Pesticides in Produce: Shopper’s Guide Lists Most and Least Contaminated Fruits, Vegetables

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By NTD Newsroom
March 19, 2023Health News
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Pesticides in Produce: Shopper’s Guide Lists Most and Least Contaminated Fruits, Vegetables
A mix of summer fruits in Oregon. (Leslie Brienza/Shutterstock)

The Environmental Working Group (EWG), a nonprofit environmental health organization, released the 2023 Shopper’s Guide to Pesticides in Produce on Wednesday.

The research revealed that almost 75 percent of non-organic fresh produce sold nationwide contains residues of potentially harmful pesticides.

The EWG’s analysis is based on data from 46,569 samples of 46 fruits and vegetables conducted by the U.S. Department of Agriculture.

The EWG uses the data to create two lists: the “Dirty Dozen” includes the fruits and vegetables that are most contaminated with pesticides, and the “Clean Fifteen” consist of produce with the lowest levels of contamination.

The idea is to help consumers make informed produce choices at the grocery store.

EWG’s Dirty Dozen

Each year, a rotating list of produce is tested by USDA staffers who wash, peel, or scrub fruits and vegetables as consumers would before the food is examined for 251 different pesticides.

This year, blueberries and green beans have joined the list of produce with the most pesticides, while strawberries and spinach continue to hold the top two spots on the Dirty Dozen.

NTD Photo
Boxes of blueberries are presented to visitors at the booth of lehmann natur during the opening day of the Fruit Logistica fair in Berlin, on April 5, 2022. (Tobias Schwarz/AFP via Getty Images)

2023 Dirty Dozen

  1. Strawberries
  2. Spinach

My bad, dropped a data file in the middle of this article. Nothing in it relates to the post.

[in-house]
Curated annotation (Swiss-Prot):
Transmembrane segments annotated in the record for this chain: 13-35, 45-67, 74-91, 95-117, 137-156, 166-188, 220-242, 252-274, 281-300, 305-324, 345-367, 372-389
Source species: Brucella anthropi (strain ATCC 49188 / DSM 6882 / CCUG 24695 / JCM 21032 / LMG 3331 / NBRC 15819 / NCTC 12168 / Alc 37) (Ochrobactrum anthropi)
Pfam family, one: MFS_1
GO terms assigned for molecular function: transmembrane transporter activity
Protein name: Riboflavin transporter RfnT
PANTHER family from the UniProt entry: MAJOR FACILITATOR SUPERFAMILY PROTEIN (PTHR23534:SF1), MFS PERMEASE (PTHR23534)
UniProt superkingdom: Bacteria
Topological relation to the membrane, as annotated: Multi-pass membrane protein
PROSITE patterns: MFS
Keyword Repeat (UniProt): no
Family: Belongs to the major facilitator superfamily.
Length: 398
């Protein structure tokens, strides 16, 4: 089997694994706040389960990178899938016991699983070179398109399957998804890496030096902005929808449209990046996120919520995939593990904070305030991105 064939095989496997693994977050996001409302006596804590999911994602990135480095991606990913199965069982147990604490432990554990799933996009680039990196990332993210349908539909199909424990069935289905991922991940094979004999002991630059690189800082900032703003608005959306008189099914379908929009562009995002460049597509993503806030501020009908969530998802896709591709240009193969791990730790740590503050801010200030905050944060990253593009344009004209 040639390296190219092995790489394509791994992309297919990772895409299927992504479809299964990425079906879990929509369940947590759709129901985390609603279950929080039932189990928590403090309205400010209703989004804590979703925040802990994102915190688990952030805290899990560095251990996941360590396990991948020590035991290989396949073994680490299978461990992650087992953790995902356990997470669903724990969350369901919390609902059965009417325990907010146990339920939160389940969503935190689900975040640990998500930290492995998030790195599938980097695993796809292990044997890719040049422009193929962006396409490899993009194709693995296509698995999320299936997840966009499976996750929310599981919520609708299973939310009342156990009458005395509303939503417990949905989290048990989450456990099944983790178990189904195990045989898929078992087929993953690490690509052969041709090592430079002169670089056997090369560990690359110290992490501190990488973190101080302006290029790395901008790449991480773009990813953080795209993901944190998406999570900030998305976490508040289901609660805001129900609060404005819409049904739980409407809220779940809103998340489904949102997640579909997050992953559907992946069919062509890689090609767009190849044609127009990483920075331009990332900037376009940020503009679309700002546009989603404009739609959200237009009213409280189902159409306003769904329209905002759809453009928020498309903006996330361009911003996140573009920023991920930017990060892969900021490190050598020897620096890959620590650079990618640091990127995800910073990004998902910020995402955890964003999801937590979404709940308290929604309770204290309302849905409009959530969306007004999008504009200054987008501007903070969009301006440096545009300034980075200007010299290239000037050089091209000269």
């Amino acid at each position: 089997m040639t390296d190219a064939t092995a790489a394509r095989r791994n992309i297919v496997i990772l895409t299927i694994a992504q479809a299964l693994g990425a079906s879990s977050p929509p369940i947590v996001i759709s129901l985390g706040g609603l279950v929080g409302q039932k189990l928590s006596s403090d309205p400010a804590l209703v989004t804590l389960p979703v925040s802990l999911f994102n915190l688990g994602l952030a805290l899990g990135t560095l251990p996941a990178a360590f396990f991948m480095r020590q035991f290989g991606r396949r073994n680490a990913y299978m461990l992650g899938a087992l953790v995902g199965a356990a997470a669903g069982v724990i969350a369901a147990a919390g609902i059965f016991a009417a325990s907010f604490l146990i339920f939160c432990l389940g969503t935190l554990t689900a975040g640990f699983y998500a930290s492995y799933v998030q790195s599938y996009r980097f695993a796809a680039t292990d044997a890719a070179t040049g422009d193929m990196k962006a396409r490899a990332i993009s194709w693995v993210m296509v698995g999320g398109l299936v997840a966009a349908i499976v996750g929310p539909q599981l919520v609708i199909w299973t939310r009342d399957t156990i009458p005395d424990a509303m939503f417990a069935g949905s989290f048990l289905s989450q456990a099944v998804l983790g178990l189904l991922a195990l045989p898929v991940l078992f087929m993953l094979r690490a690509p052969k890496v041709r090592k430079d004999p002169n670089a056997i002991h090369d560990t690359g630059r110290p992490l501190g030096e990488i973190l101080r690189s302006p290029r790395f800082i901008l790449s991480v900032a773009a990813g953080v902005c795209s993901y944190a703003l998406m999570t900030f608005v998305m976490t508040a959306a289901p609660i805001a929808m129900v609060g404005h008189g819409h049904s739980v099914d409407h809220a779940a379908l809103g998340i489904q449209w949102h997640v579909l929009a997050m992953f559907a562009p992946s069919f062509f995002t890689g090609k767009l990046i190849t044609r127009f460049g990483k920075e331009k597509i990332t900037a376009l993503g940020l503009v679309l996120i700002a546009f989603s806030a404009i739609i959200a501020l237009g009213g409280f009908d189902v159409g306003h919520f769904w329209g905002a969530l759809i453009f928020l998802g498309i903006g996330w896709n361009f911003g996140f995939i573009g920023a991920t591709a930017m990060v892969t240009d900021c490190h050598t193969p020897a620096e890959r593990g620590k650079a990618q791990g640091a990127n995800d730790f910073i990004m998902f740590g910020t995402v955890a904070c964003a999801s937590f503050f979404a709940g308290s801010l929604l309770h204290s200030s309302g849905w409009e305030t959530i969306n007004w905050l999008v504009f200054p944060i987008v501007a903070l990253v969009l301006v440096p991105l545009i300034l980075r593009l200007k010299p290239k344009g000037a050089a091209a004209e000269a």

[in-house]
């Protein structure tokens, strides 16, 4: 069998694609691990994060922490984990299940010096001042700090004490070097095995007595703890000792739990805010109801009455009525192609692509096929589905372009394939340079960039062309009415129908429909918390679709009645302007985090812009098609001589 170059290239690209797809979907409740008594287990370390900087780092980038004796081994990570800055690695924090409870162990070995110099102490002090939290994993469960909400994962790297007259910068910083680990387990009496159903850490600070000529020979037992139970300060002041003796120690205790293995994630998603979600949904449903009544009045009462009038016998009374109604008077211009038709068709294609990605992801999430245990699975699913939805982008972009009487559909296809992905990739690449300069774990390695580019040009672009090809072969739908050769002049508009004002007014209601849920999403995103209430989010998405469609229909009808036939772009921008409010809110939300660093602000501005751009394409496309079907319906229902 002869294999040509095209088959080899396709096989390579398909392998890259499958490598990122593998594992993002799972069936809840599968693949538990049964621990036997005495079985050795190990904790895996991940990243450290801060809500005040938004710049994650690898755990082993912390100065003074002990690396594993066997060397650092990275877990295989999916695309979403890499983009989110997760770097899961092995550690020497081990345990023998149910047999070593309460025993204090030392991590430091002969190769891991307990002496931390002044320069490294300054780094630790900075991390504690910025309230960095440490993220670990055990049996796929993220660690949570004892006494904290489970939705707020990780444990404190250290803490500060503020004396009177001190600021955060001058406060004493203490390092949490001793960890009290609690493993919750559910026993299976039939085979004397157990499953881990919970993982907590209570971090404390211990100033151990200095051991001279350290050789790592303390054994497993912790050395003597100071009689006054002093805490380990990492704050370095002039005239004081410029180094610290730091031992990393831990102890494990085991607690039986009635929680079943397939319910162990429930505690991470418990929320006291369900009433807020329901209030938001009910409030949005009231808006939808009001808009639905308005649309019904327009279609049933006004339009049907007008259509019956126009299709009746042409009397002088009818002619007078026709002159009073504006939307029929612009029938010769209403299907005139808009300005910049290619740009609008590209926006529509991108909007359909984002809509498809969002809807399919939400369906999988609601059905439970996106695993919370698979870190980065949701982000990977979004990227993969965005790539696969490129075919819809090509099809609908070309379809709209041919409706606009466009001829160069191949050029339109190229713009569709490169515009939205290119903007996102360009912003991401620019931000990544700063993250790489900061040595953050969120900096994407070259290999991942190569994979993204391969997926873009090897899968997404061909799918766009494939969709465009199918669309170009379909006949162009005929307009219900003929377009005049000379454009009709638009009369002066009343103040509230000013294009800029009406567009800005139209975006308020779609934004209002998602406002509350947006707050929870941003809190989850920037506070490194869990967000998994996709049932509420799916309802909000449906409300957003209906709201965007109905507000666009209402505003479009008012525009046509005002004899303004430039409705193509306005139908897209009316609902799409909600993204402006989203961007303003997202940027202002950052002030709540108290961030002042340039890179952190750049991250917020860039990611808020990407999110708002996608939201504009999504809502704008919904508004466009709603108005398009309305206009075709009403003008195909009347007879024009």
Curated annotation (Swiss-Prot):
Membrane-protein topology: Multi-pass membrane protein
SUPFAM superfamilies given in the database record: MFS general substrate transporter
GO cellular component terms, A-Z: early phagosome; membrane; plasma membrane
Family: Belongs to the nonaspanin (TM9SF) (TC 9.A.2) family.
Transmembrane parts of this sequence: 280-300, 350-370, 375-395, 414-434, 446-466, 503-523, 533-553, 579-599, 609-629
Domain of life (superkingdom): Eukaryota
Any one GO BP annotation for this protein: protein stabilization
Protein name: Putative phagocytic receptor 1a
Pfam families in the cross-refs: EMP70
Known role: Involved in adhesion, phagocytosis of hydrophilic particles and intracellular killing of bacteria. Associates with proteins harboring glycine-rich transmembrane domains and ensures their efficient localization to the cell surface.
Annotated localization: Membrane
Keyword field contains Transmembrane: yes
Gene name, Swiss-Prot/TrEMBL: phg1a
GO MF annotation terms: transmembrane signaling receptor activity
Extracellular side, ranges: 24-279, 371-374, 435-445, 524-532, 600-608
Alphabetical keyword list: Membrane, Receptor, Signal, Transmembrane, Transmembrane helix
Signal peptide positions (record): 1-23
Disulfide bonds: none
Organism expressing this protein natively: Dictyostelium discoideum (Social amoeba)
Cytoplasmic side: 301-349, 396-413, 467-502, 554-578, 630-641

3. Kale, Collard, and Mustard Greens
  4. Peaches
  5. Pears
  6. Nectarines
  7. Apples
  8. Grapes
  9. Bell and Hot Peppers
  10. Cherries
  11. Blueberries
  12. Green Beans

According to the report, a total of 210 pesticides were found on the 12 foods. Kale, collard greens, and mustard greens had up to 103 different pesticides on them, the most of any crop, followed by hot and bell peppers at 101.

For blueberries, about 80 percent of samples tested contained two or more pesticides; and on green beans, the EWG detected 84 different pesticides.

Additionally, several samples of green beans had residues of the toxic pesticide acephate, which the EPA banned more than 10 years ago from use on green beans grown for food, according to the report.

“Some of the USDA’s tests show traces of pesticides long since banned by the Environmental Protection Agency. Much stricter federal regulation and oversight of these chemicals is needed,” the report said.

Experts say that exposure to food with pesticides can be harmful, especially for children and pregnant women.

“Pesticide exposure during pregnancy may lead to an increased risk of birth defects, low birth weight, and fetal death,” the American Academy of Pediatrics noted. “Exposure in childhood has been linked to attention and learning problems, as well as cancer.”

The National Academies of Sciences first warned about children’s exposure to pesticides three decades ago.

EWG’s Clean Fifteen

Alongside the Dirty Dozen, EWG also provides a list of 15 items with the lowest amounts of pesticide residues each spring.

Avocados and sweet corn were found to be the cleanest produce with less than 2 percent of samples showing any detectable pesticides.

Almost 65 percent of the samples of the 15 fruits and vegetables had no detectable pesticide residues at all.

NTD Photo
Avocados in a file photo. (Benjamin Chasteen/The Epoch Times)

2023 Clean Fifteen

  1. Avocados
  2. Sweet corn
  3. Pineapple
  4. Onions
  5. Papaya
  6. Sweet peas (frozen)
  7. Asparagus
  8. Honeydew melon
  9. Kiwi
  10. Cabbage
  11. Mushrooms
  12. Mangoes
  13. Sweet Potatoes
  14. Watermelon
  15. Carrots

Wash Food Items

If consumers can’t buy fruits and vegetables that are organic and pesticide-free, researchers suggest properly washing the food items.

The U.S. Environmental Protection Agency​ advises washing and peeling fruits and vegetables under running water to help reduce any traces of pesticides that remain on the surface.

Additional tips on washing produce, provided by the U.S. Food and Drug Administration, include:

  • Hand washing with warm water and soap for 20 seconds before and after preparing fresh produce.
  • Rinsing produce before peeling, so dirt and bacteria aren’t transferred from the knife onto the fruit or vegetable.
  • Using a clean vegetable brush to scrub firm produce like apples and melons.
  • Drying the produce with a clean cloth or paper towel to further reduce bacteria that may be present.

From The Epoch Times

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